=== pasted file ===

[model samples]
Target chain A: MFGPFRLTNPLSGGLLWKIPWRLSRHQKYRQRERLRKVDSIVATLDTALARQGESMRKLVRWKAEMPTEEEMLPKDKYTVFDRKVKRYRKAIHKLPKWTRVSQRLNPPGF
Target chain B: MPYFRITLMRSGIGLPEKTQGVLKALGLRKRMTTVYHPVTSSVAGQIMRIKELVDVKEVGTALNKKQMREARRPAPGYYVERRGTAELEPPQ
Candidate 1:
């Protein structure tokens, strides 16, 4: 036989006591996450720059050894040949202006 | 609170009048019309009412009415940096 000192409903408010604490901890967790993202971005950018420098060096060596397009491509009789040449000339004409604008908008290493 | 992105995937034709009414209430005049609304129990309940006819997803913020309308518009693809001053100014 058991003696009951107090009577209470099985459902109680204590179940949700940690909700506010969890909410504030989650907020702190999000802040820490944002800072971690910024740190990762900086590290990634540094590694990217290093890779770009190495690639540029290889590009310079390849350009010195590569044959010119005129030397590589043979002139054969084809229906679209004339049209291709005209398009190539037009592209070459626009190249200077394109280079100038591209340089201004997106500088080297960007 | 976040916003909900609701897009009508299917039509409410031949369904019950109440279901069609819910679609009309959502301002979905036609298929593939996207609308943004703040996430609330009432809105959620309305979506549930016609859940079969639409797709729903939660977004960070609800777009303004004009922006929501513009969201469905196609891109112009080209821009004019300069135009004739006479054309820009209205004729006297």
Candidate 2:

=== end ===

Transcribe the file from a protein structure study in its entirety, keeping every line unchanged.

[model samples]
Target chain A: MFGPFRLTNPLSGGLLWKIPWRLSRHQKYRQRERLRKVDSIVATLDTALARQGESMRKLVRWKAEMPTEEEMLPKDKYTVFDRKVKRYRKAIHKLPKWTRVSQRLNPPGF
Target chain B: MPYFRITLMRSGIGLPEKTQGVLKALGLRKRMTTVYHPVTSSVAGQIMRIKELVDVKEVGTALNKKQMREARRPAPGYYVERRGTAELEPPQ
Candidate 1:
């Protein structure tokens, strides 16, 4: 036989006591996450720059050894040949202006 | 609170009048019309009412009415940096 000192409903408010604490901890967790993202971005950018420098060096060596397009491509009789040449000339004409604008908008290493 | 992105995937034709009414209430005049609304129990309940006819997803913020309308518009693809001053100014 058991003696009951107090009577209470099985459902109680204590179940949700940690909700506010969890909410504030989650907020702190999000802040820490944002800072971690910024740190990762900086590290990634540094590694990217290093890779770009190495690639540029290889590009310079390849350009010195590569044959010119005129030397590589043979002139054969084809229906679209004339049209291709005209398009190539037009592209070459626009190249200077394109280079100038591209340089201004997106500088080297960007 | 976040916003909900609701897009009508299917039509409410031949369904019950109440279901069609819910679609009309959502301002979905036609298929593939996207609308943004703040996430609330009432809105959620309305979506549930016609859940079969639409797709729903939660977004960070609800777009303004004009922006929501513009969201469905196609891109112009080209821009004019300069135009004739006479054309820009209205004729006297």
Candidate 2: